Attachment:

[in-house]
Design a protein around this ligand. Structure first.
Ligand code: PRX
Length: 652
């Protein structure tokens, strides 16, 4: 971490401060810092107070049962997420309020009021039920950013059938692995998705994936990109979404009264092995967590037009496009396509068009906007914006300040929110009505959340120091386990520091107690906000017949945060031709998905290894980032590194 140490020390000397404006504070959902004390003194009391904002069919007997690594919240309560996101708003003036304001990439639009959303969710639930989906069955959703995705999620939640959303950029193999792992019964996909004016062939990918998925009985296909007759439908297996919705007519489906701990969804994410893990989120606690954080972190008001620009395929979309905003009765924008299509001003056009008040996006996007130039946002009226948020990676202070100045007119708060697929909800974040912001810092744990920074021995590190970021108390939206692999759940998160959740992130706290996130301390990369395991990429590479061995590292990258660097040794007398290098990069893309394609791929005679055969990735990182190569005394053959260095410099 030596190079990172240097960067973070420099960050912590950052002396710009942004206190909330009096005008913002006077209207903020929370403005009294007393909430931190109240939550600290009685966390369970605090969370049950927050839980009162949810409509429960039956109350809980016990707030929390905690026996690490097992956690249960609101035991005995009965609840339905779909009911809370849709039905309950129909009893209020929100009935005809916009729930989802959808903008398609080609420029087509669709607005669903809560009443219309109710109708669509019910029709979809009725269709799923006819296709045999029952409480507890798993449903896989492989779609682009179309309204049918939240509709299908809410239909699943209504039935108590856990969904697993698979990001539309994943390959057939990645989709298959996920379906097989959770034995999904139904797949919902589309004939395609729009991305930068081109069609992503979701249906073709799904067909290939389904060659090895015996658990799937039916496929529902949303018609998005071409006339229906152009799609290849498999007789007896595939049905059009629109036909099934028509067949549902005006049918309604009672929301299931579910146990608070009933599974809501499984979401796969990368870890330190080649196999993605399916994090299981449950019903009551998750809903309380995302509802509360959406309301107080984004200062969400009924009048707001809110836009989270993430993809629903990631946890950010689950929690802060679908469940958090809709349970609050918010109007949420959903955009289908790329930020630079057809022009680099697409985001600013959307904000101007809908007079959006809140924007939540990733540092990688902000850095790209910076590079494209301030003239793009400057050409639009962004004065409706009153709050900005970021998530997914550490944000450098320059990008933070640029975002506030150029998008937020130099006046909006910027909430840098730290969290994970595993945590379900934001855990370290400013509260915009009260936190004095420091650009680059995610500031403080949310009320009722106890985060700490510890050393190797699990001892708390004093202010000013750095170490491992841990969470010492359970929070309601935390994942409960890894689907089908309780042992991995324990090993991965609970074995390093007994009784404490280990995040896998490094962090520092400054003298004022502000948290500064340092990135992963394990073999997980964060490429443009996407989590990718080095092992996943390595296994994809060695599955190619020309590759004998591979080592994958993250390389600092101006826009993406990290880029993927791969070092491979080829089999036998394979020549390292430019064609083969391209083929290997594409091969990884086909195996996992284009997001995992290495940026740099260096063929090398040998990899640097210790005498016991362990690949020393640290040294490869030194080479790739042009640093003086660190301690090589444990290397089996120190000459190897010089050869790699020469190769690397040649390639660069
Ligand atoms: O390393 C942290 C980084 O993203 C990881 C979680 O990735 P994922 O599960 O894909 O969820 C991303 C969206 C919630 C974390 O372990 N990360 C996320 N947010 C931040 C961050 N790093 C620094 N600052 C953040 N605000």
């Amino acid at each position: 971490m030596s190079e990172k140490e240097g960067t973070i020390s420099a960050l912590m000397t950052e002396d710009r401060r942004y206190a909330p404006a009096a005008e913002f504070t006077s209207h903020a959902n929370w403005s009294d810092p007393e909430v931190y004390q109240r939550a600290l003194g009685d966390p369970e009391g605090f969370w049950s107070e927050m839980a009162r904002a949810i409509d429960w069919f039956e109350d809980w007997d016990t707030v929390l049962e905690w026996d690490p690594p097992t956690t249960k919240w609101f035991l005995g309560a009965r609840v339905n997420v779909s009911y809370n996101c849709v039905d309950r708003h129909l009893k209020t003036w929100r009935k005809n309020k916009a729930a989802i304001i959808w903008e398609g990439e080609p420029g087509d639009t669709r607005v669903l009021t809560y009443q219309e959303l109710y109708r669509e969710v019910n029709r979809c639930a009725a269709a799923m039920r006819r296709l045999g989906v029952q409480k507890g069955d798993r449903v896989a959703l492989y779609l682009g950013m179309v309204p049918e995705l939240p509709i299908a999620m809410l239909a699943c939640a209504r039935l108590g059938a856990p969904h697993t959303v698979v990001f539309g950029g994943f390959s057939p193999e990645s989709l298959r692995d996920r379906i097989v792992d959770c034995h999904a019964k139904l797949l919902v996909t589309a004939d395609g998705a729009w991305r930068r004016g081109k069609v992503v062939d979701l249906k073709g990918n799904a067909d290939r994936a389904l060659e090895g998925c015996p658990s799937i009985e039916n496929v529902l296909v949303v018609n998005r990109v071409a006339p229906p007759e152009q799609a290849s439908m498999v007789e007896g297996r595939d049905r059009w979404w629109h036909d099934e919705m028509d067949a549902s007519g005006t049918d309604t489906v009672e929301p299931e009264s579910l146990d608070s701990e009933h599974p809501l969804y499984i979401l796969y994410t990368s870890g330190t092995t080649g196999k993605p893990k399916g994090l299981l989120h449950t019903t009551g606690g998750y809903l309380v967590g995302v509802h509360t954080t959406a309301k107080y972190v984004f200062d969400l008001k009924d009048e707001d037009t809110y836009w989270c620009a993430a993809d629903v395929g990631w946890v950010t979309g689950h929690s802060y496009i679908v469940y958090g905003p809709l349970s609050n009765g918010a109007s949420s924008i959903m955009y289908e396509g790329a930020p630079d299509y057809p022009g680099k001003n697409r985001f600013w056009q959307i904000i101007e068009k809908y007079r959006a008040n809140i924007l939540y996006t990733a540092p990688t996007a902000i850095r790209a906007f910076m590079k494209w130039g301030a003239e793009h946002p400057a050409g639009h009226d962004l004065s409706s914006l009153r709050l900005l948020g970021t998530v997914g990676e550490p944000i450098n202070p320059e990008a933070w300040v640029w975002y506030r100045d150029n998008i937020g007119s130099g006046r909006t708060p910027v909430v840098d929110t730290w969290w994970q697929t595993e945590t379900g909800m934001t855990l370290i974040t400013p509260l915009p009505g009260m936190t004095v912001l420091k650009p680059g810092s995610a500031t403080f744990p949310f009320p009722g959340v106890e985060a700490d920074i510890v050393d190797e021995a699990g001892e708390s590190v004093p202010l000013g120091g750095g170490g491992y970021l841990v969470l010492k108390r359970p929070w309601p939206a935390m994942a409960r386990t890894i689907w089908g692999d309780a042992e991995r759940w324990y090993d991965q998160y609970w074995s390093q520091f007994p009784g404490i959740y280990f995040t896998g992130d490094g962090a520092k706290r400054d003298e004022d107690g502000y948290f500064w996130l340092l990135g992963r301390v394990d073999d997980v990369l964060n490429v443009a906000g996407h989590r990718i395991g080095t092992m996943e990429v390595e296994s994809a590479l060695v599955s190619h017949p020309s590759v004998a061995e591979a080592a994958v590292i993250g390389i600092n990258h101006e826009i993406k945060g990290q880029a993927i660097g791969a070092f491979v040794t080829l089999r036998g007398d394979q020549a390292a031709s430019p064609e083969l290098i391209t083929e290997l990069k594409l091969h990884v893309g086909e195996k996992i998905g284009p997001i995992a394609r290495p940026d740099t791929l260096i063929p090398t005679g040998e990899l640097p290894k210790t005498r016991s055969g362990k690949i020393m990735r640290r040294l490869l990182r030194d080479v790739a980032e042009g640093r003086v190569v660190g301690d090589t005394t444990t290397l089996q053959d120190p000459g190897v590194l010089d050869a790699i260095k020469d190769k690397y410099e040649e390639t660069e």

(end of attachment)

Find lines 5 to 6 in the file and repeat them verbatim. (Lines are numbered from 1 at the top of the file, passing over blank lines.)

């Protein structure tokens, strides 16, 4: 971490401060810092107070049962997420309020009021039920950013059938692995998705994936990109979404009264092995967590037009496009396509068009906007914006300040929110009505959340120091386990520091107690906000017949945060031709998905290894980032590194 140490020390000397404006504070959902004390003194009391904002069919007997690594919240309560996101708003003036304001990439639009959303969710639930989906069955959703995705999620939640959303950029193999792992019964996909004016062939990918998925009985296909007759439908297996919705007519489906701990969804994410893990989120606690954080972190008001620009395929979309905003009765924008299509001003056009008040996006996007130039946002009226948020990676202070100045007119708060697929909800974040912001810092744990920074021995590190970021108390939206692999759940998160959740992130706290996130301390990369395991990429590479061995590292990258660097040794007398290098990069893309394609791929005679055969990735990182190569005394053959260095410099 030596190079990172240097960067973070420099960050912590950052002396710009942004206190909330009096005008913002006077209207903020929370403005009294007393909430931190109240939550600290009685966390369970605090969370049950927050839980009162949810409509429960039956109350809980016990707030929390905690026996690490097992956690249960609101035991005995009965609840339905779909009911809370849709039905309950129909009893209020929100009935005809916009729930989802959808903008398609080609420029087509669709607005669903809560009443219309109710109708669509019910029709979809009725269709799923006819296709045999029952409480507890798993449903896989492989779609682009179309309204049918939240509709299908809410239909699943209504039935108590856990969904697993698979990001539309994943390959057939990645989709298959996920379906097989959770034995999904139904797949919902589309004939395609729009991305930068081109069609992503979701249906073709799904067909290939389904060659090895015996658990799937039916496929529902949303018609998005071409006339229906152009799609290849498999007789007896595939049905059009629109036909099934028509067949549902005006049918309604009672929301299931579910146990608070009933599974809501499984979401796969990368870890330190080649196999993605399916994090299981449950019903009551998750809903309380995302509802509360959406309301107080984004200062969400009924009048707001809110836009989270993430993809629903990631946890950010689950929690802060679908469940958090809709349970609050918010109007949420959903955009289908790329930020630079057809022009680099697409985001600013959307904000101007809908007079959006809140924007939540990733540092990688902000850095790209910076590079494209301030003239793009400057050409639009962004004065409706009153709050900005970021998530997914550490944000450098320059990008933070640029975002506030150029998008937020130099006046909006910027909430840098730290969290994970595993945590379900934001855990370290400013509260915009009260936190004095420091650009680059995610500031403080949310009320009722106890985060700490510890050393190797699990001892708390004093202010000013750095170490491992841990969470010492359970929070309601935390994942409960890894689907089908309780042992991995324990090993991965609970074995390093007994009784404490280990995040896998490094962090520092400054003298004022502000948290500064340092990135992963394990073999997980964060490429443009996407989590990718080095092992996943390595296994994809060695599955190619020309590759004998591979080592994958993250390389600092101006826009993406990290880029993927791969070092491979080829089999036998394979020549390292430019064609083969391209083929290997594409091969990884086909195996996992284009997001995992290495940026740099260096063929090398040998990899640097210790005498016991362990690949020393640290040294490869030194080479790739042009640093003086660190301690090589444990290397089996120190000459190897010089050869790699020469190769690397040649390639660069
Ligand atoms: O390393 C942290 C980084 O993203 C990881 C979680 O990735 P994922 O599960 O894909 O969820 C991303 C969206 C919630 C974390 O372990 N990360 C996320 N947010 C931040 C961050 N790093 C620094 N600052 C953040 N605000």